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October 2017, Volume 23, Number 4

Meat and Migrants

Tyson Foods in August 2017 agreed to pay $12.6 million to settle suits brought by 3,300 meat workers in Iowa who sued for compensation to cover unpaid donning and doffing time, the time required to put on and take off protective clothing.

Syrian refugees are the newest entries into the meatpacking labor force. As legal workers with limited education and English, resettlement agencies often send refugees to meatpacking plants that usually hire all applicants who can pass physical and drug tests to replace workers who quit. After one refugee from a particular country is hired, networks assure that more refugees learn of job opportunities in the plants. Meatpackers say that their industry is "an excellent starting point for new Americans."

Pilgrim's Pride, the second-largest poultry processor after Tyson, is adopting machines developed by JBS-owned Scott Technology to debone chickens. JBS owns Pilgrim's Pride, which employs 40,000 of the 280,000 workers employed in US chicken processing; Tyson has 95,000 poultry employees.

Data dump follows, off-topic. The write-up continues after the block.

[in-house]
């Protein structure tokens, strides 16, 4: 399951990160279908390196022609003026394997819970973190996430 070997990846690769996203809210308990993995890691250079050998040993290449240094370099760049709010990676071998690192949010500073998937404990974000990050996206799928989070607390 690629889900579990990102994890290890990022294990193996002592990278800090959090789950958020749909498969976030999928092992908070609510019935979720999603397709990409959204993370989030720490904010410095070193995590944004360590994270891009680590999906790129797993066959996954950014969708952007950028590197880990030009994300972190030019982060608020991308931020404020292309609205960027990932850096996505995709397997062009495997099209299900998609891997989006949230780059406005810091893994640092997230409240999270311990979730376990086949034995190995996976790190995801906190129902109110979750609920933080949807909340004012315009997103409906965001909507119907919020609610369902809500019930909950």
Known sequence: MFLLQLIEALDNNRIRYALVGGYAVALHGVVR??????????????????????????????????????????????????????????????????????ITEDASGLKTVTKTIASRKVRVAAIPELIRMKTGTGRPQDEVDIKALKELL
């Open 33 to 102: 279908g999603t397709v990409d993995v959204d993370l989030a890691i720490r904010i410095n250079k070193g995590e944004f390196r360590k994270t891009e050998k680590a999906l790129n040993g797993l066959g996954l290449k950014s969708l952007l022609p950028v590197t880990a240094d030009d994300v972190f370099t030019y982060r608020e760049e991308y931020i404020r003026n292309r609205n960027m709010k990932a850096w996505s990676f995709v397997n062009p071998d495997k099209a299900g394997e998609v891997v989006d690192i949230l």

The injury and illness rate for workers employed in animal slaughtering and processing (NAICS 3116) declined by half, from 10.3 per 100 full-time workers in 2003 to 5.4 in 2015. However, this 2015 incidence rate is higher than for all manufacturing (3.8) and for all private sector workers (3.0).

Non-poultry animal slaughtering and rendering had the highest injury and illness rates, over 7.0, and poultry processing the lowest, 4.3. Among meat, poultry, and fish cutters and trimmers, the most common event or exposure that caused worker injuries were repetitive motions.

On May 12, 2008, almost 400 unauthorized workers were arrested in Postville, Iowa at a kosher slaughterhouse. Most of those arrested were taken to nearby Waterloo, where 270 were sentenced to five months in prison for using false SSNs to get their jobs. The presiding judge, Linda R. Reade, met with prosecutors before the raid, and her husband owned stock in private prison firms that often house arrested unauthorized foreigners, prompting calls to revisit the convictions. Most of those arrested were deported to Guatemala and Mexico after serving their sentences.

Smith, Sean. 2017. How safe are the workers who process our food? Monthly Labor Review. July. https://doi.org/10.21916/mlr.2017.19